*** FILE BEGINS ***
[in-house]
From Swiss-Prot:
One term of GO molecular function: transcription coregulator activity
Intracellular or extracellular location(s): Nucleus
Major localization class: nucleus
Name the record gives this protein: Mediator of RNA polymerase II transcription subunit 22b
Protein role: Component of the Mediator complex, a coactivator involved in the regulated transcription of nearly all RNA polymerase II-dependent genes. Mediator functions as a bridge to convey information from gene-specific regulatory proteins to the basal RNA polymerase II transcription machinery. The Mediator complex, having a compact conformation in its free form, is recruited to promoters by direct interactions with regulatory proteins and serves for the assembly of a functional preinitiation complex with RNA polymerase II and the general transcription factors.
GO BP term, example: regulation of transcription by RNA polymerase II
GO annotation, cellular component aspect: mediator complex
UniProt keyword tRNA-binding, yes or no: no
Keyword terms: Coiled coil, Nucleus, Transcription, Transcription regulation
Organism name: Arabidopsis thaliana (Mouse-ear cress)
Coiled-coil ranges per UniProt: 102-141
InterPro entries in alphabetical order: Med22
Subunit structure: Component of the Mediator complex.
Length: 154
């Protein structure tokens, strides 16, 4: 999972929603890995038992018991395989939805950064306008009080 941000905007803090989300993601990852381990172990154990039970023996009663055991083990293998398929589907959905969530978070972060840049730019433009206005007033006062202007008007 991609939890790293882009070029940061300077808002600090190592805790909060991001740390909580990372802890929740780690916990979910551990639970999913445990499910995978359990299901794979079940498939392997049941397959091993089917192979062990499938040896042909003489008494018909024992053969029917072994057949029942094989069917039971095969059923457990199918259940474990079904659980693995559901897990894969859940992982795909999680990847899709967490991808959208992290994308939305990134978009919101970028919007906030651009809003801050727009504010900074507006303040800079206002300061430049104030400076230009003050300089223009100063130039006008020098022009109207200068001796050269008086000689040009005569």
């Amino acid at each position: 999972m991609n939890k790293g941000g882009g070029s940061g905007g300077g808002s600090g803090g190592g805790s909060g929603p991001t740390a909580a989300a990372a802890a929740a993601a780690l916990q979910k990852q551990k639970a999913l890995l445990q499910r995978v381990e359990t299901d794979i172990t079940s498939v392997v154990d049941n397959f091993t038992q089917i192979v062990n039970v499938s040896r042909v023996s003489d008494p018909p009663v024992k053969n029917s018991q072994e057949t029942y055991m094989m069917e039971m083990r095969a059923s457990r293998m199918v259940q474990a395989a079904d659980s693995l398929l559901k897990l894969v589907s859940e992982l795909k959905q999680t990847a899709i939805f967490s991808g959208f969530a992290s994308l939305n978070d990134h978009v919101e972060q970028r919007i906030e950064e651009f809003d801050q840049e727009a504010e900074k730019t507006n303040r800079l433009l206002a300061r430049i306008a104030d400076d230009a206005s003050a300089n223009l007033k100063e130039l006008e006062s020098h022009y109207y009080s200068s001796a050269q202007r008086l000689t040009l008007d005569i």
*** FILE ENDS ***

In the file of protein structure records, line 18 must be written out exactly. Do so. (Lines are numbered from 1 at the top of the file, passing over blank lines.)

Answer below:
């Amino acid at each position: 999972m991609n939890k790293g941000g882009g070029s940061g905007g300077g808002s600090g803090g190592g805790s909060g929603p991001t740390a909580a989300a990372a802890a929740a993601a780690l916990q979910k990852q551990k639970a999913l890995l445990q499910r995978v381990e359990t299901d794979i172990t079940s498939v392997v154990d049941n397959f091993t038992q089917i192979v062990n039970v499938s040896r042909v023996s003489d008494p018909p009663v024992k053969n029917s018991q072994e057949t029942y055991m094989m069917e039971m083990r095969a059923s457990r293998m199918v259940q474990a395989a079904d659980s693995l398929l559901k897990l894969v589907s859940e992982l795909k959905q999680t990847a899709i939805f967490s991808g959208f969530a992290s994308l939305n978070d990134h978009v919101e972060q970028r919007i906030e950064e651009f809003d801050q840049e727009a504010e900074k730019t507006n303040r800079l433009l206002a300061r430049i306008a104030d400076d230009a206005s003050a300089n223009l007033k100063e130039l006008e006062s020098h022009y109207y009080s200068s001796a050269q202007r008086l000689t040009l008007d005569i």